Often, people turn to high-caffeine beverages and energy drinks to give them the boost they need to get through the day. However, many of these drinks are loaded with refined sugars and high amounts of caffeine, which can cause a burst of energy, then a rapid crash.
Learn lifestyle strategies that help eliminate this roller coaster effect while boosting energy throughout the day.
- Get a Good Night’s Sleep
- Get Moving
- Eat a Healthy Breakfast
- Stay Hydrated
- Reduce Stress
- Choose Whole Grains, Limit Sugar
- Turn Coffee into a Protein Drink
- Choose Healthy Snacks
- Increase Magnesium Intake
- Achieve pH Balance
Get a Good Night’s Sleep
Getting between seven and nine hours of sleep per night is optimal. However, the actual time a person falls asleep is also important. Sleeping from 2 a.m. to 10 a.m. may not be as restorative as sleeping from 10 p.m. to 6 a.m. This is because many restorative processes, including hormone secretion, body temperature and digestion, are linked to natural light exposure. Aim to go to bed and get up at the same time every day, even on the weekends.
A brief bout of exercise (as little as 10 minutes) can improve energy levels and a person’s mood. Physical activity, even walking, is a great energy booster. Walking can be done anywhere and only requires a good pair of shoes. To achieve health benefits, it is recommended that adults engage in about 2.5 hours of moderate-intensity physical activity, such as brisk walking, each week.
Eat a Healthy Breakfast
People who skip breakfast are essentially running on empty. Research has shown that breakfast eaters have more energy throughout the day, in addition to more success with weight loss and maintenance. Keep breakfast healthy by incorporating sources of lean protein, healthy fats and whole grains, such as whole-wheat toast with peanut butter and a banana.
Even slight dehydration can leave a person feeling tired and lethargic. Keep a tall glass of water or a water bottle with you throughout the day. Note that hunger is sometimes mistaken for thirst, but fatigue can also be a mask for thirst. Cut down on alcohol intake because it dehydrates and can also interfere with deep sleep.
Stress has a major impact on energy levels. Stress can leave a person feeling both mentally and physically exhausted. Even low but chronic levels of stress will negatively affect a person over time. Try to take 20 minutes for yourself every day just to relax. Turn the TV and computer off, sip some tea, and read a book or listen to music.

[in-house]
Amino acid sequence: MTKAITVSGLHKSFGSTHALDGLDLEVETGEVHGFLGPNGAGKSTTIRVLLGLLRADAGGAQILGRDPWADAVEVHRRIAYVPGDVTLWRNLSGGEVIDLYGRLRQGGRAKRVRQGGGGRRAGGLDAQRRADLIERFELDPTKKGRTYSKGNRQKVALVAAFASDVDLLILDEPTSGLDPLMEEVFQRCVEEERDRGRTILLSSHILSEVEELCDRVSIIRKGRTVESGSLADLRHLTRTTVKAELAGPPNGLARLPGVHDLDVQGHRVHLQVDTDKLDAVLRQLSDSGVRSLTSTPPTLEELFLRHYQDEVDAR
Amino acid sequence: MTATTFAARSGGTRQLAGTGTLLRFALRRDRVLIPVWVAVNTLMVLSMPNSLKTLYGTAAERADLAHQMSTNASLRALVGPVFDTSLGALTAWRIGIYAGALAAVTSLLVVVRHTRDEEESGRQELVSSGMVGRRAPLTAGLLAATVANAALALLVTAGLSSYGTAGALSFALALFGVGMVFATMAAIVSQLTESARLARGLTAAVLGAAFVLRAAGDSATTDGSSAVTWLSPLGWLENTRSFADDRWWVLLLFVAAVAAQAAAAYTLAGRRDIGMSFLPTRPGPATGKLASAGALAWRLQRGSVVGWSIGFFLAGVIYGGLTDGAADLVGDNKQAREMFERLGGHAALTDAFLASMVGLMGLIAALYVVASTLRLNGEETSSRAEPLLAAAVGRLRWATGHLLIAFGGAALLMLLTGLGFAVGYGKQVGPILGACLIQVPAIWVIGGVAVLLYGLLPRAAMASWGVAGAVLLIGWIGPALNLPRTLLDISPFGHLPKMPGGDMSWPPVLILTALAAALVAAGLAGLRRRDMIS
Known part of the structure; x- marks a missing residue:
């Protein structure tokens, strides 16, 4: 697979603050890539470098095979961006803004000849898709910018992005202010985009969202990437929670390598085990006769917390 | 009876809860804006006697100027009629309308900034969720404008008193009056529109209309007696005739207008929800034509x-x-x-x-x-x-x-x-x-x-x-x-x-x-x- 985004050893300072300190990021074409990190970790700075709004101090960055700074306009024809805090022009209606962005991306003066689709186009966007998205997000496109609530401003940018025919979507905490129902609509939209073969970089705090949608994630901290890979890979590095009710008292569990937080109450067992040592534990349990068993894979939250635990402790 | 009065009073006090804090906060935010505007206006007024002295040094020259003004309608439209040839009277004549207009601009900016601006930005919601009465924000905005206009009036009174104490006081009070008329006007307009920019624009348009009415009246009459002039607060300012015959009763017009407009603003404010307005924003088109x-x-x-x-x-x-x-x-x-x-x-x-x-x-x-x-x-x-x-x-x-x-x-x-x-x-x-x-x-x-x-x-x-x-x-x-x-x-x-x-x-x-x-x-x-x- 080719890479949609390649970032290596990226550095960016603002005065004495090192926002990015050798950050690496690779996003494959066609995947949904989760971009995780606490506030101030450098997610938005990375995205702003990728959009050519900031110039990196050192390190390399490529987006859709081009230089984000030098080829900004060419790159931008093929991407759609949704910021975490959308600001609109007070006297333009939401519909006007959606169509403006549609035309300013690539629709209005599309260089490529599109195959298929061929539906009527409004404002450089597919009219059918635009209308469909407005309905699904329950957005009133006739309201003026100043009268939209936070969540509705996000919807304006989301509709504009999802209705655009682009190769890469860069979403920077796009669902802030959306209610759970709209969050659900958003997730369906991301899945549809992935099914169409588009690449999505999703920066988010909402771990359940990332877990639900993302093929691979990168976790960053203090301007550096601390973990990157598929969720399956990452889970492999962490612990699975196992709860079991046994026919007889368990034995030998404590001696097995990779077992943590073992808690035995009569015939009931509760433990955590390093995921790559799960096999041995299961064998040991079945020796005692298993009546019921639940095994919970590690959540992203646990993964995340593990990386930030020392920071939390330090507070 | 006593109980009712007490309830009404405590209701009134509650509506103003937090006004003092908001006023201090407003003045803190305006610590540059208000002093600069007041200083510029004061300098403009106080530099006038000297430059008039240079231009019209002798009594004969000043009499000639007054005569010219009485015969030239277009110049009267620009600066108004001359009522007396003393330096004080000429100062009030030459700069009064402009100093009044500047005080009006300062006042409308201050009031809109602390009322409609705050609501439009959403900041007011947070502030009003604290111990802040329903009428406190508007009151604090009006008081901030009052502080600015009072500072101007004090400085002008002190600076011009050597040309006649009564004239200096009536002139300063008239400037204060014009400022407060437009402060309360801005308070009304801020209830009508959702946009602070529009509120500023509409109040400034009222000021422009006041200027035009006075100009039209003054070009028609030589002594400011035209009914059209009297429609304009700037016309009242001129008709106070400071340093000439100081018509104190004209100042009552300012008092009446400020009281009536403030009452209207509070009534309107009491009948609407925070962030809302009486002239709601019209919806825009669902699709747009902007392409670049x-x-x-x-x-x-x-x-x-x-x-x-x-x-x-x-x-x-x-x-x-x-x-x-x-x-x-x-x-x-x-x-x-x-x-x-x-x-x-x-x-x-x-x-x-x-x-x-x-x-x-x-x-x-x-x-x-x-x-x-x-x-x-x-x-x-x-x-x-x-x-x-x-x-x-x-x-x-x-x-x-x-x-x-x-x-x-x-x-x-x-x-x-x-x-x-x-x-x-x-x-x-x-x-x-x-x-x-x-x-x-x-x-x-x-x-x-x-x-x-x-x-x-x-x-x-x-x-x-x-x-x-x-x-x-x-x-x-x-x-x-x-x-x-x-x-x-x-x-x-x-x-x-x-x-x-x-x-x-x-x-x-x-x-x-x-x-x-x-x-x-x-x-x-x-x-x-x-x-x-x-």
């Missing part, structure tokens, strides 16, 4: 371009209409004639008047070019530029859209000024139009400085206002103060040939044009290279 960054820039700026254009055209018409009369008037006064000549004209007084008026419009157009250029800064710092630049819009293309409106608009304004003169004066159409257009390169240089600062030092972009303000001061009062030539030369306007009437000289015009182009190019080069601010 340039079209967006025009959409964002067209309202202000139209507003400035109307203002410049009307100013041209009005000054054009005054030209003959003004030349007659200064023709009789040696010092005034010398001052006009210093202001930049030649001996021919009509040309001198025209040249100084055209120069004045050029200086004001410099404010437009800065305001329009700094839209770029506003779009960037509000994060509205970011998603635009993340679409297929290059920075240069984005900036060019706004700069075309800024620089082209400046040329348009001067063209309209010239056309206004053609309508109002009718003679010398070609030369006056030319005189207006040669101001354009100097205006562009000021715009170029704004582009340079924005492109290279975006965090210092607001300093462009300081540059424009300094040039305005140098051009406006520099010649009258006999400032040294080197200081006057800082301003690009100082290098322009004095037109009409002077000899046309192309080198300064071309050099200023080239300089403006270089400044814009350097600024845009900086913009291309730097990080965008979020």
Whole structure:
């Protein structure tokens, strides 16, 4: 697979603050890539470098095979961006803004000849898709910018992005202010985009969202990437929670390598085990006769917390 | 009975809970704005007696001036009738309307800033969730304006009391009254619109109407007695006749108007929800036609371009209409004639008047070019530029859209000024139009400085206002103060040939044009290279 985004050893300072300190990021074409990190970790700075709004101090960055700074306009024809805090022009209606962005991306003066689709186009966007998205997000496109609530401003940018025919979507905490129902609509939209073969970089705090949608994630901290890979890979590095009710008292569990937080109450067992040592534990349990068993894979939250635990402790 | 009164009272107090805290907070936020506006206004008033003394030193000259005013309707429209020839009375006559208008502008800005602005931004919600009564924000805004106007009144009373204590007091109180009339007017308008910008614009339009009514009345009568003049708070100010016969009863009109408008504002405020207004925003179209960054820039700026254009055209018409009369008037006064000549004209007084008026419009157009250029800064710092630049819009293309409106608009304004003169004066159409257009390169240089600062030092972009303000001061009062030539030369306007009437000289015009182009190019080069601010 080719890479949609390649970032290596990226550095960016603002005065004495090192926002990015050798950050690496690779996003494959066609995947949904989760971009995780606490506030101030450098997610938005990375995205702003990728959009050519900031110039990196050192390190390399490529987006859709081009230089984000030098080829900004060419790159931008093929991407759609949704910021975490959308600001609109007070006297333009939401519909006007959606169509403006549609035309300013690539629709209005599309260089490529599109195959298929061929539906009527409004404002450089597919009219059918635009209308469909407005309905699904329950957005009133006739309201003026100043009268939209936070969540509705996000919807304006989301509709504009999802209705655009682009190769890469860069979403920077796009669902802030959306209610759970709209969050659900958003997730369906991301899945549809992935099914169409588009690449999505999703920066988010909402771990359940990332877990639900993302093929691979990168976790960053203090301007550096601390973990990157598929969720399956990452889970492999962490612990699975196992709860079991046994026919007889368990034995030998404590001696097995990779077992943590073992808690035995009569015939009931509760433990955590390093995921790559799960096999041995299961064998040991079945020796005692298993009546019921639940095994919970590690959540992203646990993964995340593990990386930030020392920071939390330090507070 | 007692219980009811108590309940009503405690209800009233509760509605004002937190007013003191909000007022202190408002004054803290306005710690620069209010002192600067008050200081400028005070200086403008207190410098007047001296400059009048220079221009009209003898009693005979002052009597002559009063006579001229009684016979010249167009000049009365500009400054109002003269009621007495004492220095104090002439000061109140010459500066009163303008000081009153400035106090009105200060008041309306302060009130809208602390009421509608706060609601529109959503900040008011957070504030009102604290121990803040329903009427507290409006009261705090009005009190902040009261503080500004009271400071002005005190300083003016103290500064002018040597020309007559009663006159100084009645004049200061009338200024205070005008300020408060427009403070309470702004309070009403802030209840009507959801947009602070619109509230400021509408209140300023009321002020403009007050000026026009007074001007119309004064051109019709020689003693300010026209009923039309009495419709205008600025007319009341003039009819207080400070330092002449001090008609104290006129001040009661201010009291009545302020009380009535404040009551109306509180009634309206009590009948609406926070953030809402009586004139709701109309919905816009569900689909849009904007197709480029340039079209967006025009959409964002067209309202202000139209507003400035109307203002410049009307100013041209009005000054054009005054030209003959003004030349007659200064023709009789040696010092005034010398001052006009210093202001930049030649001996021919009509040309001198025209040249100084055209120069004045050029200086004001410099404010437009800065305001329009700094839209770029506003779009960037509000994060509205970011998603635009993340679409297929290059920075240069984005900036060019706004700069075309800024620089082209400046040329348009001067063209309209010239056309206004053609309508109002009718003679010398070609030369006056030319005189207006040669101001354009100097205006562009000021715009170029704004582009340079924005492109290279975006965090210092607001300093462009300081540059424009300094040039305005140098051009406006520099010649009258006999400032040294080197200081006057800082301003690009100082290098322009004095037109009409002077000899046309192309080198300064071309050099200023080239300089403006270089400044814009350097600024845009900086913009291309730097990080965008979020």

Choose Whole Grains, Limit Sugar
Eating whole grains provides a slow and steady release of fuel (carbohydrates) into the bloodstream, keeping energy levels consistent and balanced throughout the day. Refined-flour products, sweets and other high-sugar foods cause a spike in blood sugar, which allows for a temporary energy boost that is then followed by a rapid decrease in blood sugar. This roller coaster of high and low blood sugar leaves a person depleted.
Turn Coffee into a Protein Drink
Put skim or reduced-fat milk in coffee instead of creamer. The protein in milk helps sustain energy levels, as well as provides some bone-building calcium. Create a healthy breakfast by pairing it with a healthy fat, such as an ounce of almonds.
Choose Healthy Snacks
It is important to snack throughout the day. However, make smart snack choices. Have a couple of snacks that combine protein, fiber and a little fat, such as an apple and string cheese or yogurt and nuts. This helps to sustain energy levels throughout the day. The carbohydrates provide an energy boost, protein keeps energy up and the fat makes energy last.
Increase Magnesium Intake
Eating a varied and healthy diet is important to ensure nutrition needs are met; however, if energy levels are not where they should be, it could indicate a magnesium deficiency. Magnesium is an important mineral needed for more than 300 biochemical reactions in the body. It can specifically affect energy levels because magnesium is necessary to break down glucose for use by the body as energy. Recommended daily amounts–400–420 mg for men and 310–320 mg for women–can be obtained by eating a variety of foods such as whole grains, beans, milk, fish and nuts.
Achieve pH Balance
After being digested, absorbed and metabolized, foods release either an acid or an alkaline base (bicarbonate) into the blood. Grains, fish, meat, poultry, shellfish, cheese, milk and salt all produce acid. Fruits and vegetables produce alkaline. A diet high in acid-producing foods causes an imbalance between acid and alkaline, which could lead to loss of essential minerals such as potassium, magnesium, calcium and sodium as the body tries to restore equilibrium. This imbalance is thought to affect immune systems and decrease energy levels. To ensure a balance, be sure to eat a diet that includes lots of alkaline foods, such as leafy green vegetables, beets, celery, figs, dates and cantaloupes.